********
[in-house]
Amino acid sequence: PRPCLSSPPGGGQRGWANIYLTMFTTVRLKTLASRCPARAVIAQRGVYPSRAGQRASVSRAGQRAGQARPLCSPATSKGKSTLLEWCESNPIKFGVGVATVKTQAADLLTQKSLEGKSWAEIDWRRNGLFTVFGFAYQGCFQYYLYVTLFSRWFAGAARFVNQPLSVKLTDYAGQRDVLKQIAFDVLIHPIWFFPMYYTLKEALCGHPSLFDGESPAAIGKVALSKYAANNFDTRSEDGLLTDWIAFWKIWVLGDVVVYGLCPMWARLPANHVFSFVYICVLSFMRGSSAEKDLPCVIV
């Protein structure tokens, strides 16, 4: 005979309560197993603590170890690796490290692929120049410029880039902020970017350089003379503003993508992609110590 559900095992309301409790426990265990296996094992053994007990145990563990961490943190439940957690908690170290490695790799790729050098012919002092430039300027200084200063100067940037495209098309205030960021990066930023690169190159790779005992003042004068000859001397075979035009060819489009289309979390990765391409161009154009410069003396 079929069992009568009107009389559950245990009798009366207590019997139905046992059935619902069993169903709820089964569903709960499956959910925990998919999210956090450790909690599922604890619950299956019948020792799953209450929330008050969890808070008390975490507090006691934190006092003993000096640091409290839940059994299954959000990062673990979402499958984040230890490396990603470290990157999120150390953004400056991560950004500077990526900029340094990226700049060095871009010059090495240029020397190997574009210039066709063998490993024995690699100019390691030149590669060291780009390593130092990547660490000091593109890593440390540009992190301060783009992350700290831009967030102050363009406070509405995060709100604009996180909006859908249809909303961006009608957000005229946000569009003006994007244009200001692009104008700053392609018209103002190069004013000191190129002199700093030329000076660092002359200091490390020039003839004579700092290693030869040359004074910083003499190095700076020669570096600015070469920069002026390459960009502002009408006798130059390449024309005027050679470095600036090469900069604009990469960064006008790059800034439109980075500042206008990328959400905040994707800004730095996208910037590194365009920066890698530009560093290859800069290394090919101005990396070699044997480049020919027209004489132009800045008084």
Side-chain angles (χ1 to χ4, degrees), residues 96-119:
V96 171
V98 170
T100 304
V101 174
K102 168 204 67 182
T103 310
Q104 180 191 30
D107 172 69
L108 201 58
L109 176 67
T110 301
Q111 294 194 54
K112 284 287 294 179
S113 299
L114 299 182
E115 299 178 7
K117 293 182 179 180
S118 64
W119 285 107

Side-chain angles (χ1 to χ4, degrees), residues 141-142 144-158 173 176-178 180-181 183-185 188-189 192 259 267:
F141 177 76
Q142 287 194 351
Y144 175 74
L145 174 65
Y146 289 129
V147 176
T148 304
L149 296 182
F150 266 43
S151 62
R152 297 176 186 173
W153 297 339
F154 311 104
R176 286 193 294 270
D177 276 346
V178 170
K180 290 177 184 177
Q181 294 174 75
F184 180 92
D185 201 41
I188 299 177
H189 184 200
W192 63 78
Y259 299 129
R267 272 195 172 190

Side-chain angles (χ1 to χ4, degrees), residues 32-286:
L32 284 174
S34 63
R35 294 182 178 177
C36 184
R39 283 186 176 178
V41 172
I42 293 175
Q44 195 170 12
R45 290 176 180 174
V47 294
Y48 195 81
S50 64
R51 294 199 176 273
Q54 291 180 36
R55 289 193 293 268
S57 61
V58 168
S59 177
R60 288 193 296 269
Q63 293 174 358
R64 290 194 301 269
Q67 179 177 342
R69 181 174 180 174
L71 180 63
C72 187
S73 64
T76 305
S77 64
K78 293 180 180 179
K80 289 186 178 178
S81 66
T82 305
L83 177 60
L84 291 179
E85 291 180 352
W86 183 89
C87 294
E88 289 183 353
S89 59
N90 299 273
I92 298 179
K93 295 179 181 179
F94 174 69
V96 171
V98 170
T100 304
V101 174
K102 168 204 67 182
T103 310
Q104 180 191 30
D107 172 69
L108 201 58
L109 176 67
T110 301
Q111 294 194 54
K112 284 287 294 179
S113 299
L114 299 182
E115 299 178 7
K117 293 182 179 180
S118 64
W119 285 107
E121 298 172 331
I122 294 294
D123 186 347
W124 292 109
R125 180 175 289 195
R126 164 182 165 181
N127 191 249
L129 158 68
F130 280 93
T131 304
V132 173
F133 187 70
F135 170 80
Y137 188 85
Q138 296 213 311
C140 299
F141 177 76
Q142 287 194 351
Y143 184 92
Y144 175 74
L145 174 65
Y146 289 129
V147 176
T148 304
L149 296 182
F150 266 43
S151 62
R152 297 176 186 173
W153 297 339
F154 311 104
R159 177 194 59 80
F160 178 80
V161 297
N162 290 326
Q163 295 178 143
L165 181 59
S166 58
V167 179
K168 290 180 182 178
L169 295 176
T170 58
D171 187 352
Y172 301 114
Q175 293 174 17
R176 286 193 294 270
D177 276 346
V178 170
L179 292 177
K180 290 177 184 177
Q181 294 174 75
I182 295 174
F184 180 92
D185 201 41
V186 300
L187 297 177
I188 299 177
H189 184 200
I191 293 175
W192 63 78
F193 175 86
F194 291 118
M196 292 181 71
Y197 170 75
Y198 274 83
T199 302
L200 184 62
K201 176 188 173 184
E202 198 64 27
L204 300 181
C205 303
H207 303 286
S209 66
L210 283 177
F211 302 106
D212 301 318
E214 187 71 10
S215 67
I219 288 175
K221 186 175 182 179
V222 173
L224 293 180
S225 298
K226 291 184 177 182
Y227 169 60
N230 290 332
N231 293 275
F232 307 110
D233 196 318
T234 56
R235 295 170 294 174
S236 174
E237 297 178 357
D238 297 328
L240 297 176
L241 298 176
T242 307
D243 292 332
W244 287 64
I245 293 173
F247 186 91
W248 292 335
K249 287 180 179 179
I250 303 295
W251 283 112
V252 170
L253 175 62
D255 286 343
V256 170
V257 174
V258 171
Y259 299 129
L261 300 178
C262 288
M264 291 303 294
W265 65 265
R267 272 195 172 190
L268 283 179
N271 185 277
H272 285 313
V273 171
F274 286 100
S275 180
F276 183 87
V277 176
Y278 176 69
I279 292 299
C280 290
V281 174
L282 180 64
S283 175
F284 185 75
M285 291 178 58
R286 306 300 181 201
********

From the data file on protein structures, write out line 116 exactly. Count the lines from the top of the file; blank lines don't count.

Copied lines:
W124 292 109